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Since the University’s Arts & Science Festival began in 2013, we have always run a screening, which in recent years has also incorporated the One Minute Movie Competition. This year, instead of showcasing former student work, we handed the reigns to the FTVers to design and deliver their own event, based on the festival theme of Stop/Start and supported by the ever fabulous Flatpack. Zoe Turner took the lead, and in January plans began to bring The Breakfast Club – and breakfast – to campus. [image credit – Greg Milner Photography]

Over the next two months, a team of FTV students worked together to cast actors, design posters, organise rehearsals and run a social media campaign – all alongside their ongoing placements and coursework. We knew the event was proving popular on the festival booking system, but it was still quite astounding when over 100 people arrived on the evening of 14th March. Who knew 40 croissants, 50 mini boxes of cereal and an array of fruit and muffins could vanish so quickly?

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With breakfast served, the evening continued with the Stop/Start One Minute Movie Competition entries. Prizes were awarded, with first place going to ‘The Third Law‘, by Lorhren-Rose Joseph and Denyce Blackman. On to the main event, and the audience sipped tea and coffee as five undergraduate students took their seats for detention and acted out iconic scenes as the brain, the athlete, the basket case, the princess and the criminal. It was fantastic seeing the characters come to life in the lecture theatre as their 1980s counterparts appeared on the big screen, and wonderful to share the experience with so many film-loving students and members of the community.

A huge congratulations to Zoe and the FTV team for creating such a memorable evening, and thank you to Flatpack for all their support. Bring on 2019!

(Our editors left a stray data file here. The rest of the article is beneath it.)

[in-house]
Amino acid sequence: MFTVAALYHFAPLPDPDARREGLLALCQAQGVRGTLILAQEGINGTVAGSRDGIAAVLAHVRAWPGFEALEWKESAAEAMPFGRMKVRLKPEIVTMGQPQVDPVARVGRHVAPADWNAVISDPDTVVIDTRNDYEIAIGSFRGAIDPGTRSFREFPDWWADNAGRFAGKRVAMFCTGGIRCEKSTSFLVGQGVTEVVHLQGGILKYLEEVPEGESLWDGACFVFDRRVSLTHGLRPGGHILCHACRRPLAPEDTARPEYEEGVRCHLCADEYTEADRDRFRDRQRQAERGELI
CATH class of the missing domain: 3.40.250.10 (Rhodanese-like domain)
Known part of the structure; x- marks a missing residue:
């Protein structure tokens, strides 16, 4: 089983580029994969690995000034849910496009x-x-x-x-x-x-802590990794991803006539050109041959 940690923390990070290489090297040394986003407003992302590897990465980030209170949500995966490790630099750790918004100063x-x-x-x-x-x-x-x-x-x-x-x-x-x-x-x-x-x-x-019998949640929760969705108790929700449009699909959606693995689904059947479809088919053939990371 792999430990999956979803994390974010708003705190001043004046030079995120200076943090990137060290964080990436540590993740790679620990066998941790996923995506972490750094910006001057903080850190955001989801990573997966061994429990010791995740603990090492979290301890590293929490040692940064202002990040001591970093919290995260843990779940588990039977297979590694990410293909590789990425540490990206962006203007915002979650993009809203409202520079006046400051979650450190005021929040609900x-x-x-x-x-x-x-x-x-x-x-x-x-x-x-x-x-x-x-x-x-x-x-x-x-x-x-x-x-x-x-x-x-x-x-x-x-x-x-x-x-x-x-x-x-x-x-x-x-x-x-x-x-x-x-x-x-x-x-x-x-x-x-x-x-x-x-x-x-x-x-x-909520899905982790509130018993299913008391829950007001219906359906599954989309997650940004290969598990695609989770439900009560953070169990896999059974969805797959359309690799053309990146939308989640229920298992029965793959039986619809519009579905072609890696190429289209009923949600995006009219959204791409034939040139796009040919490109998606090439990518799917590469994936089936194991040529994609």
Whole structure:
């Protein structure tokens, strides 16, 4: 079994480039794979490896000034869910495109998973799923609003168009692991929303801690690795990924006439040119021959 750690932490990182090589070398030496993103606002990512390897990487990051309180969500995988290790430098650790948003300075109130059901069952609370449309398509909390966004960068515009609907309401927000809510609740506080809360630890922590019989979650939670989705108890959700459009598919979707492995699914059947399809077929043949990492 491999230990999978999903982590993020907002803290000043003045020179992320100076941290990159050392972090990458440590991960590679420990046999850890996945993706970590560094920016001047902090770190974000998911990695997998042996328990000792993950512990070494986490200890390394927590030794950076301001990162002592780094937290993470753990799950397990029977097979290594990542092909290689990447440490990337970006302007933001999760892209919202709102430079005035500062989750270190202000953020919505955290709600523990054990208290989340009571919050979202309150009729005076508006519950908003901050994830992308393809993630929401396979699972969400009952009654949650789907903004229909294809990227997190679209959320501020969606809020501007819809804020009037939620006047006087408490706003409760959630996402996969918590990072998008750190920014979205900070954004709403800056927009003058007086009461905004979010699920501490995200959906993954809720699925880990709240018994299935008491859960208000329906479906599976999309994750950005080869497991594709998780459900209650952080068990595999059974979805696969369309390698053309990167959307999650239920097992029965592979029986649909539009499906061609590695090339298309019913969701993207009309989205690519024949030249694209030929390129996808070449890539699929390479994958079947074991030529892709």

Sincerely yours…

Jemma Penny, Placement Coordinator

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Term One: A Story by Nina Jones

As we re-open the edit suite doors for 2018, our technician Nina tells us the story of her first Autumn term at the University, and how it was working with the new cohort of FTV students… 

It started like any other day.  I tackled the morning rush hour and secured my parking spot.  As I sprinted up the four flights of stairs (this is a lie, I took the lift) to the edit suite I contemplated what this term would bring.  The next Spielberg?  Fincher? Hitchcock? Would I be spoiled with technical wizards? As I flung the double doors open and keyed in the code I felt hopeful this term would be filled with excitement, merriment, creative genius and movie magic!

I have not been disappointed (well not too disappointed).  Aside from the litter, tardiness, noise and missing batteries everything has run pretty smoothly…

P1000396.jpgLou managed to cover the whole of the fourth floor with glitter, Christos had butter fingers,  Frida gave us all diabetes, Zoe made an unplugged hard drive seem like the end of the world, Cheryl was ‘stupid’ (or maybe she’s just kidding us to hide her editing prowess), Claire managed to exist about 20 minutes behind the rest of the universe, Sofia enchanted us with her colourful language, Jenny made putting up a tripod in record time look like a matter of life or death, Jack was LOUD, Sam lost all his hair, Hermione got beautifully lit selfies, Black Market Beth managed to run her own DVD business on the side, our wonderful international students joined in with our terrible British banter and discovered the joy of Christmas crackers, Rayna gave birth to a whole other human and still made classes, Techy Tash impressed with her audio skills, Lorhren started off looking terrified but showed us her creativity producing an amazing visualisation film P1000223.jpgwith Hatty (starring Christos as Salvador Dali – nice wink), I finally worked out who was Heather and who was Helena after 11 weeks, Shereen’s fashion sense put us all to shame (seriously though, how did you get so cool?) and we all survived the terrible Scandinavian sweet challenge.